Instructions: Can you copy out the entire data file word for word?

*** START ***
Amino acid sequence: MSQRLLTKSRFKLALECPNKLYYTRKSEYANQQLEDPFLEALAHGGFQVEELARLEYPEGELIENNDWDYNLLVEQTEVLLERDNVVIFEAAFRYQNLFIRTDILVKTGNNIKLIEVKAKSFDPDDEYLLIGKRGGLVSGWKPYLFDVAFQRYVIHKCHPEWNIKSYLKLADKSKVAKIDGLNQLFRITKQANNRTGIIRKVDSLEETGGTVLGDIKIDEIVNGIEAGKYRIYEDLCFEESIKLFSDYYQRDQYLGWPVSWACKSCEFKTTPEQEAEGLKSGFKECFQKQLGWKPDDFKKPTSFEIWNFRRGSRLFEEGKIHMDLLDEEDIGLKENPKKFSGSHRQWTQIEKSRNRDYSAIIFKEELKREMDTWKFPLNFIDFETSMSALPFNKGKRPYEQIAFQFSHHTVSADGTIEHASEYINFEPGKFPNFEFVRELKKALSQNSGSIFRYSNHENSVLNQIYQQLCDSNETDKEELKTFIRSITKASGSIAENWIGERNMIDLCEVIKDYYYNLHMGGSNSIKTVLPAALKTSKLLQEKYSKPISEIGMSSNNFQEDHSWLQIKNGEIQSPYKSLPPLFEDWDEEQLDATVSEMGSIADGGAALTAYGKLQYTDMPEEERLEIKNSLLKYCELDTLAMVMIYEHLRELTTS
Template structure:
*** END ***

Amino acid sequence: MSQRLLTKSRFKLALECPNKLYYTRKSEYANQQLEDPFLEALAHGGFQVEELARLEYPEGELIENNDWDYNLLVEQTEVLLERDNVVIFEAAFRYQNLFIRTDILVKTGNNIKLIEVKAKSFDPDDEYLLIGKRGGLVSGWKPYLFDVAFQRYVIHKCHPEWNIKSYLKLADKSKVAKIDGLNQLFRITKQANNRTGIIRKVDSLEETGGTVLGDIKIDEIVNGIEAGKYRIYEDLCFEESIKLFSDYYQRDQYLGWPVSWACKSCEFKTTPEQEAEGLKSGFKECFQKQLGWKPDDFKKPTSFEIWNFRRGSRLFEEGKIHMDLLDEEDIGLKENPKKFSGSHRQWTQIEKSRNRDYSAIIFKEELKREMDTWKFPLNFIDFETSMSALPFNKGKRPYEQIAFQFSHHTVSADGTIEHASEYINFEPGKFPNFEFVRELKKALSQNSGSIFRYSNHENSVLNQIYQQLCDSNETDKEELKTFIRSITKASGSIAENWIGERNMIDLCEVIKDYYYNLHMGGSNSIKTVLPAALKTSKLLQEKYSKPISEIGMSSNNFQEDHSWLQIKNGEIQSPYKSLPPLFEDWDEEQLDATVSEMGSIADGGAALTAYGKLQYTDMPEEERLEIKNSLLKYCELDTLAMVMIYEHLRELTTS
Template structure: